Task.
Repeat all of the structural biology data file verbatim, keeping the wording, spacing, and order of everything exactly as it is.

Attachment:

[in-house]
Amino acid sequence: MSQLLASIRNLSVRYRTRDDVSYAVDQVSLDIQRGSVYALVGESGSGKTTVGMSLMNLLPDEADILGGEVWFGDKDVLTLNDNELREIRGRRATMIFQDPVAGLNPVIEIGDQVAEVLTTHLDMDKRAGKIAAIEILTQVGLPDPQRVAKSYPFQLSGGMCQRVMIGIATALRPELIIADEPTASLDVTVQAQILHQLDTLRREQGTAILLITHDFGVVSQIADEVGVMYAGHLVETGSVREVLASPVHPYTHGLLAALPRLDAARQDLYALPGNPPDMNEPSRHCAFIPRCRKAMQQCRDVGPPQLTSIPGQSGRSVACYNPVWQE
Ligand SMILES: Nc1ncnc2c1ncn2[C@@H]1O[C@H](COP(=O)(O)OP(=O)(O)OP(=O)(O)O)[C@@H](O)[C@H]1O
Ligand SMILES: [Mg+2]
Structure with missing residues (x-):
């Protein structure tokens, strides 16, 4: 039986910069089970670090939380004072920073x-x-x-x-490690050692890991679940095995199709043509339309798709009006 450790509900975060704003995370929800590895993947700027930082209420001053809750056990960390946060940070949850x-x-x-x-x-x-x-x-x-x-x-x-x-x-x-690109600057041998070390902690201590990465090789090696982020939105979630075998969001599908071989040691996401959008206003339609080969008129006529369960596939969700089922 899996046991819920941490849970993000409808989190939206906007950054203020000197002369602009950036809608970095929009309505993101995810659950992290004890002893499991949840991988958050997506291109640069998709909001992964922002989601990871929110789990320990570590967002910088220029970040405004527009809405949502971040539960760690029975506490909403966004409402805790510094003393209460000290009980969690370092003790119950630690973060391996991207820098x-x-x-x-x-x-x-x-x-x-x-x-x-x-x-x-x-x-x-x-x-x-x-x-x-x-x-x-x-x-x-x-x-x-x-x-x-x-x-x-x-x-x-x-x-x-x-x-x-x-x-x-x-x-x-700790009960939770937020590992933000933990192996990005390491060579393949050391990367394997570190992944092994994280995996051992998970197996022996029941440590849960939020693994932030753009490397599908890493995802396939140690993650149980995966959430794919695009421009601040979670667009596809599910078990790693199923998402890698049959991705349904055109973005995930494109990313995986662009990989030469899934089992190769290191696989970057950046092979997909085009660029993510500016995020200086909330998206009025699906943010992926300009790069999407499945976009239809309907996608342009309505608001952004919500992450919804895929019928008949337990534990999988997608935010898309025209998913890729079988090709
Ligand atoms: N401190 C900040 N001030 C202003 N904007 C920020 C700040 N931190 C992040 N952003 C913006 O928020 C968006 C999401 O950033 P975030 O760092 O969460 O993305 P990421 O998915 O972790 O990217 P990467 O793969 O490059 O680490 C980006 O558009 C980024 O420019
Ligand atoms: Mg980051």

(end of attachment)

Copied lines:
[in-house]
Amino acid sequence: MSQLLASIRNLSVRYRTRDDVSYAVDQVSLDIQRGSVYALVGESGSGKTTVGMSLMNLLPDEADILGGEVWFGDKDVLTLNDNELREIRGRRATMIFQDPVAGLNPVIEIGDQVAEVLTTHLDMDKRAGKIAAIEILTQVGLPDPQRVAKSYPFQLSGGMCQRVMIGIATALRPELIIADEPTASLDVTVQAQILHQLDTLRREQGTAILLITHDFGVVSQIADEVGVMYAGHLVETGSVREVLASPVHPYTHGLLAALPRLDAARQDLYALPGNPPDMNEPSRHCAFIPRCRKAMQQCRDVGPPQLTSIPGQSGRSVACYNPVWQE
Ligand SMILES: Nc1ncnc2c1ncn2[C@@H]1O[C@H](COP(=O)(O)OP(=O)(O)OP(=O)(O)O)[C@@H](O)[C@H]1O
Ligand SMILES: [Mg+2]
Structure with missing residues (x-):
């Protein structure tokens, strides 16, 4: 039986910069089970670090939380004072920073x-x-x-x-490690050692890991679940095995199709043509339309798709009006 450790509900975060704003995370929800590895993947700027930082209420001053809750056990960390946060940070949850x-x-x-x-x-x-x-x-x-x-x-x-x-x-x-690109600057041998070390902690201590990465090789090696982020939105979630075998969001599908071989040691996401959008206003339609080969008129006529369960596939969700089922 899996046991819920941490849970993000409808989190939206906007950054203020000197002369602009950036809608970095929009309505993101995810659950992290004890002893499991949840991988958050997506291109640069998709909001992964922002989601990871929110789990320990570590967002910088220029970040405004527009809405949502971040539960760690029975506490909403966004409402805790510094003393209460000290009980969690370092003790119950630690973060391996991207820098x-x-x-x-x-x-x-x-x-x-x-x-x-x-x-x-x-x-x-x-x-x-x-x-x-x-x-x-x-x-x-x-x-x-x-x-x-x-x-x-x-x-x-x-x-x-x-x-x-x-x-x-x-x-x-700790009960939770937020590992933000933990192996990005390491060579393949050391990367394997570190992944092994994280995996051992998970197996022996029941440590849960939020693994932030753009490397599908890493995802396939140690993650149980995966959430794919695009421009601040979670667009596809599910078990790693199923998402890698049959991705349904055109973005995930494109990313995986662009990989030469899934089992190769290191696989970057950046092979997909085009660029993510500016995020200086909330998206009025699906943010992926300009790069999407499945976009239809309907996608342009309505608001952004919500992450919804895929019928008949337990534990999988997608935010898309025209998913890729079988090709
Ligand atoms: N401190 C900040 N001030 C202003 N904007 C920020 C700040 N931190 C992040 N952003 C913006 O928020 C968006 C999401 O950033 P975030 O760092 O969460 O993305 P990421 O998915 O972790 O990217 P990467 O793969 O490059 O680490 C980006 O558009 C980024 O420019
Ligand atoms: Mg980051």